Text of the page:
Attractions

The Barnagh Tunnel

The Barnagh Tunnel is one of the more evocative features of the now closed Limerick to Tralee Railway and is a significant feature within the architectural heritage of south County Limerick. Of a considerable length, the tunnel is approached through substantial rock cuttings. Typical of nineteenth-century railway engineering, the tunnel features well executed components including fine arches, interior walls and soffits. Internal recesses also display a high attention to detail with red brick voussoirs and surrounds drawing further interest. Although no longer used by trains, the track has been recently converted into a leisure trail stretching some 53 miles, providing an important amenity to not only the local community but also in developing tourism within the area. The disused track also provides rich habitat for plants and animals with nine species of bat recorded living in the Barnagh Tunnel.

Ferguson’s Viaduct

Ferguson’s Viaduct, which traverses Madden’s Farm at Garryduff, four miles West of Newcastle, Co. Limerick carried its first train in 1880. The last steam train (above) travelled from Limerick to Tralee on Saturday 3rd June 1972, three years before final closure. The viaduct was restored by Iarnród Éireann (IÉ) in 2009 and is now part of the Great Southern Trail. This project was supported by IÉ, Heritage Council, Fáilte Ireland, Limerick Co. Co., An Roinn Gnóthaí Pobail, Tuaithe agus Gaeltachta and the GST.

Tullig Wood

Tullig Wood gradually emerges ahead, which is mainly Beech, Oak and Ash with Hazel and Elm. There is also Sweet Chestnut growing amongst the Beech. The ground flora is best seen in spring, with many Bluebells, Violets and Primroses. A steep bank slopes down on the left where Badgers may be found and at night Barn Owls hunt. Willow Warbler, Chiffchaff and Blackcap give a blast of song during the summer, when Speckled Wood, Meadow Brown and Ringlet butterflies are plentiful. Look out for the metallic blue/green Beautiful Jewelwing perching on the leaves of Beech. This is a scarce damselfly in Limerick that breeds in fast flowing upland stony rivers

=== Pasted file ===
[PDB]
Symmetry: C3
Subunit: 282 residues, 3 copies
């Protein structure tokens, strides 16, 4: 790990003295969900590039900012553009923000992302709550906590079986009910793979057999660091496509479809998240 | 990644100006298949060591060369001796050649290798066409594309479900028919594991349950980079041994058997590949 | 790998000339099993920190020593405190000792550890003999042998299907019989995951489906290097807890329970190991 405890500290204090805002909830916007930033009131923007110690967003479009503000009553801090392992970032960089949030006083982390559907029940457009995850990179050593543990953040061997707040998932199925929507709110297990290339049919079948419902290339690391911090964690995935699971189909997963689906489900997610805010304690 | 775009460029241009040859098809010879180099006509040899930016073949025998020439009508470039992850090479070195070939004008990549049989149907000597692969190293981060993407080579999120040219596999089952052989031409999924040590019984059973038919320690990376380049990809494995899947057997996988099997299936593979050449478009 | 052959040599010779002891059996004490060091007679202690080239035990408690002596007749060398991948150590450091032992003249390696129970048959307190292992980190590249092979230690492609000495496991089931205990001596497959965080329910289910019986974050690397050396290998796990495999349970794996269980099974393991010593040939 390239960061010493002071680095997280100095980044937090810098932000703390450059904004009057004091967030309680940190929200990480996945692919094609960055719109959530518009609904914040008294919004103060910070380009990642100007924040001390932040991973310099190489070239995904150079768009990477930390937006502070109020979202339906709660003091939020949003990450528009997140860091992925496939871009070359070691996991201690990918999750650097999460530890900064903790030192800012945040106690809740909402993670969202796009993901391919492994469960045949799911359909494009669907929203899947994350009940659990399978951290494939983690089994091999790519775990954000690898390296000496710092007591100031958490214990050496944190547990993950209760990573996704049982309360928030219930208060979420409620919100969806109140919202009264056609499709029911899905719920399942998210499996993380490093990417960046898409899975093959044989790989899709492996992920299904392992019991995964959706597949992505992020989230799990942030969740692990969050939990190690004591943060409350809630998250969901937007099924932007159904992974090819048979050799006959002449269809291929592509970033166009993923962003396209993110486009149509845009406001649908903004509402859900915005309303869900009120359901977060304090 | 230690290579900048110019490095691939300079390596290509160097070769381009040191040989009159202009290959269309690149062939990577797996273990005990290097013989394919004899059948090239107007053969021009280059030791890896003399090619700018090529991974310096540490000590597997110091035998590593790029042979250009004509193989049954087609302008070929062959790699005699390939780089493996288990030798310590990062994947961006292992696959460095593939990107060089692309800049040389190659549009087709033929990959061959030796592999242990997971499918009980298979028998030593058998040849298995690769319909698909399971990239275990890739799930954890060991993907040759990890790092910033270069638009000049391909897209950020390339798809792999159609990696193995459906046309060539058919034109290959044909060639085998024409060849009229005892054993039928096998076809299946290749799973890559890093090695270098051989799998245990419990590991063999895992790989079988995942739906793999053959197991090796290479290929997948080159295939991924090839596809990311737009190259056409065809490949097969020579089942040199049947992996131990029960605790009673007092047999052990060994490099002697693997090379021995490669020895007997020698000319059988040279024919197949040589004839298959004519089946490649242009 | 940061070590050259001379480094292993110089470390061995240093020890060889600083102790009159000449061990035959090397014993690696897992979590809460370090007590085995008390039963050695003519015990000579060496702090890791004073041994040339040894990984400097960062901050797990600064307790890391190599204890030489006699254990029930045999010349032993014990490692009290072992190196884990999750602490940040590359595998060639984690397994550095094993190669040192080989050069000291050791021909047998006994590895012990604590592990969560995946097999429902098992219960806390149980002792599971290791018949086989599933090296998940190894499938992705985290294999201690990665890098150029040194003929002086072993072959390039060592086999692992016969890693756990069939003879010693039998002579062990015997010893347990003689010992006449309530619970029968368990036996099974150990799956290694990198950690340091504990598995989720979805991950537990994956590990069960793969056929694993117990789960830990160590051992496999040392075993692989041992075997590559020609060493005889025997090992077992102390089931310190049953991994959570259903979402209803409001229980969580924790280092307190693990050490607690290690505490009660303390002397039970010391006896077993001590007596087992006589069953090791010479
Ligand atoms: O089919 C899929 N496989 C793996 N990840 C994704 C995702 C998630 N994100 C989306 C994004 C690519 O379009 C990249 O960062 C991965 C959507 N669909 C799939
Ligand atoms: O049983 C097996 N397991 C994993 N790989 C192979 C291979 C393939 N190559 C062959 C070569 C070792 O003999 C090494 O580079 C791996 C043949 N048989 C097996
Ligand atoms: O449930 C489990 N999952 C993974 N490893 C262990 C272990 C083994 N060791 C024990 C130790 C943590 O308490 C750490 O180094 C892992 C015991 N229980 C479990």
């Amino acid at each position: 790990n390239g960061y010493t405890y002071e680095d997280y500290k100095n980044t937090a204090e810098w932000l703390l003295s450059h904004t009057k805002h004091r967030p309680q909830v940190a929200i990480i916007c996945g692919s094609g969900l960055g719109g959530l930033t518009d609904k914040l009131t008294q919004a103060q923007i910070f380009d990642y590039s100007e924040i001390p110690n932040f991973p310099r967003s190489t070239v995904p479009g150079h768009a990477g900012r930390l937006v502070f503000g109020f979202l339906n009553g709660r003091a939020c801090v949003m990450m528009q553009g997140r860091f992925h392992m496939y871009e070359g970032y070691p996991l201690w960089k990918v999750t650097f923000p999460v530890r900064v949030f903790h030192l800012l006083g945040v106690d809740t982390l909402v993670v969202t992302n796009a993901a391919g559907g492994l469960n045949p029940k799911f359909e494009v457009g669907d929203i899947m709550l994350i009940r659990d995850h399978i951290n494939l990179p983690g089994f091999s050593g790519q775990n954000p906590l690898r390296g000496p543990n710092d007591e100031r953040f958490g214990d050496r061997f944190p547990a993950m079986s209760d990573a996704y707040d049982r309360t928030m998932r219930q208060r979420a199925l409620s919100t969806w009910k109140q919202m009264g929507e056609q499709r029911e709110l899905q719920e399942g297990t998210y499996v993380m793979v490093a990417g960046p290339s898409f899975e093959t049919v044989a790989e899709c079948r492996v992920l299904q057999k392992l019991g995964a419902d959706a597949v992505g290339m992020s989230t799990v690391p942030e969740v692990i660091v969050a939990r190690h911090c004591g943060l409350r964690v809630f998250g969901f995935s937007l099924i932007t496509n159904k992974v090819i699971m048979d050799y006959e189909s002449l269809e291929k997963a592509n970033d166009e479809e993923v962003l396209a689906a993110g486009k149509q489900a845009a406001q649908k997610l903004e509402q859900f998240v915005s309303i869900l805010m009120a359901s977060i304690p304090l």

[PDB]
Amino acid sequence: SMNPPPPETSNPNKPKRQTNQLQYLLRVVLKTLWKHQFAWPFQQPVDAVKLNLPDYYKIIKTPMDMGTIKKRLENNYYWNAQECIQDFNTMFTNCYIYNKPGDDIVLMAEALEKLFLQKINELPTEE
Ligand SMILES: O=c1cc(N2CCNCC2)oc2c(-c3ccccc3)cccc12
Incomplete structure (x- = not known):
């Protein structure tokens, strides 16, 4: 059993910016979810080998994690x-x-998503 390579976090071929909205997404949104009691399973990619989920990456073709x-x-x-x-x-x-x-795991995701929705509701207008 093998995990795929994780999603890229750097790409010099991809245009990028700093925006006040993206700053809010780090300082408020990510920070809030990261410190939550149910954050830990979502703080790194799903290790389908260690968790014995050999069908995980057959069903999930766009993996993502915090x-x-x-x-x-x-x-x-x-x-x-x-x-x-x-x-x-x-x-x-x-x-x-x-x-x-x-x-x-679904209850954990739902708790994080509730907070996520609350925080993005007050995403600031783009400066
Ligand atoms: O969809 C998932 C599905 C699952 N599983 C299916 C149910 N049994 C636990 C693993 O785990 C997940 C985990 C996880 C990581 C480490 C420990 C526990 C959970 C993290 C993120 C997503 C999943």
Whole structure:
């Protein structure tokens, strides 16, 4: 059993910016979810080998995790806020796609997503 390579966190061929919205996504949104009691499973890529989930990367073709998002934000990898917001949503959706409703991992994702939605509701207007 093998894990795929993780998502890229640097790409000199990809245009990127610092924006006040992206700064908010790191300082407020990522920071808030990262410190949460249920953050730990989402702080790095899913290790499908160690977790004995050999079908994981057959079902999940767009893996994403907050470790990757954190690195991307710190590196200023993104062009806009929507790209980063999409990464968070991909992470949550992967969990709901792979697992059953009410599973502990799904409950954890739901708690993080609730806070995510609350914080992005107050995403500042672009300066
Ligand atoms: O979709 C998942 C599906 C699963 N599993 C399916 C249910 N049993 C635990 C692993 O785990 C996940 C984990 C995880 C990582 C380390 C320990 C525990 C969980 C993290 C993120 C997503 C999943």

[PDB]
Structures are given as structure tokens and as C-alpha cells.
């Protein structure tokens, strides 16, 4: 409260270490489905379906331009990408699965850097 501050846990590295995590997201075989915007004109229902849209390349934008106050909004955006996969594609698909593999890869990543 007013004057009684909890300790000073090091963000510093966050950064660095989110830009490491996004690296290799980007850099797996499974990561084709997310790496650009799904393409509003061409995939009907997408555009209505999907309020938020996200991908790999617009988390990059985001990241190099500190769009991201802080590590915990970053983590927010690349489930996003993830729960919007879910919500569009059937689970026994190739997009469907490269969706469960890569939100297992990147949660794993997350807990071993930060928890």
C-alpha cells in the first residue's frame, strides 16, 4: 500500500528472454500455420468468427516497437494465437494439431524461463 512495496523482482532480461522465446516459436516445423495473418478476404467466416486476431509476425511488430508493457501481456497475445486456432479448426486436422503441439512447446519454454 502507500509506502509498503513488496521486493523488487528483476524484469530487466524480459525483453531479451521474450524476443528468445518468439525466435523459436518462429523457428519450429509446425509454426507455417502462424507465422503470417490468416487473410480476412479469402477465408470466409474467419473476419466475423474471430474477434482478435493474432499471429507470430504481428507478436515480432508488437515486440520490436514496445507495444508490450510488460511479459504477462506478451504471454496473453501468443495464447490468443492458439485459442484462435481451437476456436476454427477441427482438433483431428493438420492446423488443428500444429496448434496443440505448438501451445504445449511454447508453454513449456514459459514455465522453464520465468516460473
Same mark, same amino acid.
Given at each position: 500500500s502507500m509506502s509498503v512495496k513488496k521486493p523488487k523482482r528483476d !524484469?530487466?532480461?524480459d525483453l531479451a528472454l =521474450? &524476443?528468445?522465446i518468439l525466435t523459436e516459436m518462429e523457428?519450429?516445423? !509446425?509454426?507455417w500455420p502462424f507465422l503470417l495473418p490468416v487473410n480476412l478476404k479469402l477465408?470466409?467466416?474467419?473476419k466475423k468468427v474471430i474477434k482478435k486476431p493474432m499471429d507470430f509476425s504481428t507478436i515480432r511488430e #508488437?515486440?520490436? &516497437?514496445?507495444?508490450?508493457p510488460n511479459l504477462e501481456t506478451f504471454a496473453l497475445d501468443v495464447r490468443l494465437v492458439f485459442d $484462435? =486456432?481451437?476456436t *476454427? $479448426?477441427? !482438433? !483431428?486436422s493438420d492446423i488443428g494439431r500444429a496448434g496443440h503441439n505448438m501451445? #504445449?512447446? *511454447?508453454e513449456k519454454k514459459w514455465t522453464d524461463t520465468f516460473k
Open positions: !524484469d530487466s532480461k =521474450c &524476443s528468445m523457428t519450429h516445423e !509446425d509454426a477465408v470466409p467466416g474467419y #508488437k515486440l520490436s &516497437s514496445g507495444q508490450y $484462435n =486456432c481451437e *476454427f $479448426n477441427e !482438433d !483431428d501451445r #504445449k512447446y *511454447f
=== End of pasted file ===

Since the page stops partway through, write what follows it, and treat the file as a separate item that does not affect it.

Ardagh Chalice

The chalice is a large, two-handled silver cup, decorated with gold, gilt bronze, brass, lead pewter and enamel, which has been assembled from 354 separate pieces. The main body of the chalice is formed from two hemispheres of sheet silver joined with a rivet hidden by a gilt-bronze band. The names of the apostles are incised in a frieze around the bowl, below a girdle bearing inset gold wirework panels of animals, birds, and geometric interlace.

The chalice was found in a hoard   by two boys, Jim Quinn and Paddy Flanagan in 1868; digging in a potato field on the south-western side of a rath (ring fort) called Reerasta, beside the village of Ardagh, County Limerick, Ireland. The chalice held the other items, covered merely by a slab of stone; the pieces must have been interred in a hurry, probably temporarily, as though the owner probably intended to return for them at a later time.

Demense Castle, Newcastle West

The castle remains at Newcastle West survive as separate entities. This is Desmond Hall that was created from a 13c chapel, and used for banquets and entertainment. It comprises a lower vaulted chamber and an upper hall. It underwent further rebuilding in the 15c. The castle was confiscated after the Desmond Rebellions, and granted in 1591 to Sir William Courtenay. In 1598 it was captured by the “sugan” Earl of Desmond, but was recaptured by the English in 1599. The castle was surrendered in 1643 after a four month siege by the Confederate Catholics, and burnt.

Sprid na barna

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Sprid na Barna
A woman who lived in a fort called Lisheen at the top of Barna Hill about 150 years ago was called Sprid na Barna. Her maiden name was Molly O Shaughnessy. She murdered her husband and her unbaptised child and some time afterwards she herself died. After her death her spirit was often seen. She used to be sometimes seen in the form of a greyhound, and at other times in the form of a hare, and at times in the form of a woman. In the form of a greyhound she used to go around in the harvest time and tumble the haycocks that had been made during the day.
One night a priest met her, and he asked her what she had done that she had to this awful penance. She told him that she murdered her husband and her infant child.
She was causing such annoynace to the people that were out at night that the priest banished her for seven years and ordered her to remain between the bark and the pith of a tree. When When this period was finished she was seen again in the form of a hare but it was noticed that she could never cross a stream of water. Men that had to be out late at night